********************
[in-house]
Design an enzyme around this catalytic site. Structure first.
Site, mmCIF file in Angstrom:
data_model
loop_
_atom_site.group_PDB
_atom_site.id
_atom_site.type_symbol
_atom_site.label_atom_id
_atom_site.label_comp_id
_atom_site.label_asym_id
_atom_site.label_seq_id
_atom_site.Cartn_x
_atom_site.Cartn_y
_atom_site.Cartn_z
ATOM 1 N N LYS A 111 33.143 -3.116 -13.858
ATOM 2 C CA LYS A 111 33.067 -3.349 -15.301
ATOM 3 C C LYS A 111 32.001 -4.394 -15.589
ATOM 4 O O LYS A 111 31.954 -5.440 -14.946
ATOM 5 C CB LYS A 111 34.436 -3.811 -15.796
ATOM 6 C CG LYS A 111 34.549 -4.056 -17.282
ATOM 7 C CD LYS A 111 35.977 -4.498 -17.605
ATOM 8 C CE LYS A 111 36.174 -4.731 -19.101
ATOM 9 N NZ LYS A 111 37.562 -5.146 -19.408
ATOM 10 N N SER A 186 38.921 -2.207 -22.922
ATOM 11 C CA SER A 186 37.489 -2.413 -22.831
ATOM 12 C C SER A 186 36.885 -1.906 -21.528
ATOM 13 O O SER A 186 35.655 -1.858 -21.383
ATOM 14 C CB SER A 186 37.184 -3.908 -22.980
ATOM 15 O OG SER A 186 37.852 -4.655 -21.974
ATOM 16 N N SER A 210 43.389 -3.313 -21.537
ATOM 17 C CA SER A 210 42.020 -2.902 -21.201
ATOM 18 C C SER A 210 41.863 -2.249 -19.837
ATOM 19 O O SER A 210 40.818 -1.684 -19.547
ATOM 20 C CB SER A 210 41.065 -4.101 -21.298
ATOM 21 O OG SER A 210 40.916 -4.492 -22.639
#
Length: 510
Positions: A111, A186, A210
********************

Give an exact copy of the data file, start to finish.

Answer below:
[in-house]
Design an enzyme around this catalytic site. Structure first.
Site, mmCIF file in Angstrom:
data_model
loop_
_atom_site.group_PDB
_atom_site.id
_atom_site.type_symbol
_atom_site.label_atom_id
_atom_site.label_comp_id
_atom_site.label_asym_id
_atom_site.label_seq_id
_atom_site.Cartn_x
_atom_site.Cartn_y
_atom_site.Cartn_z
ATOM 1 N N LYS A 111 33.143 -3.116 -13.858
ATOM 2 C CA LYS A 111 33.067 -3.349 -15.301
ATOM 3 C C LYS A 111 32.001 -4.394 -15.589
ATOM 4 O O LYS A 111 31.954 -5.440 -14.946
ATOM 5 C CB LYS A 111 34.436 -3.811 -15.796
ATOM 6 C CG LYS A 111 34.549 -4.056 -17.282
ATOM 7 C CD LYS A 111 35.977 -4.498 -17.605
ATOM 8 C CE LYS A 111 36.174 -4.731 -19.101
ATOM 9 N NZ LYS A 111 37.562 -5.146 -19.408
ATOM 10 N N SER A 186 38.921 -2.207 -22.922
ATOM 11 C CA SER A 186 37.489 -2.413 -22.831
ATOM 12 C C SER A 186 36.885 -1.906 -21.528
ATOM 13 O O SER A 186 35.655 -1.858 -21.383
ATOM 14 C CB SER A 186 37.184 -3.908 -22.980
ATOM 15 O OG SER A 186 37.852 -4.655 -21.974
ATOM 16 N N SER A 210 43.389 -3.313 -21.537
ATOM 17 C CA SER A 210 42.020 -2.902 -21.201
ATOM 18 C C SER A 210 41.863 -2.249 -19.837
ATOM 19 O O SER A 210 40.818 -1.684 -19.547
ATOM 20 C CB SER A 210 41.065 -4.101 -21.298
ATOM 21 O OG SER A 210 40.916 -4.492 -22.639
#
Length: 510
Positions: A111, A186, A210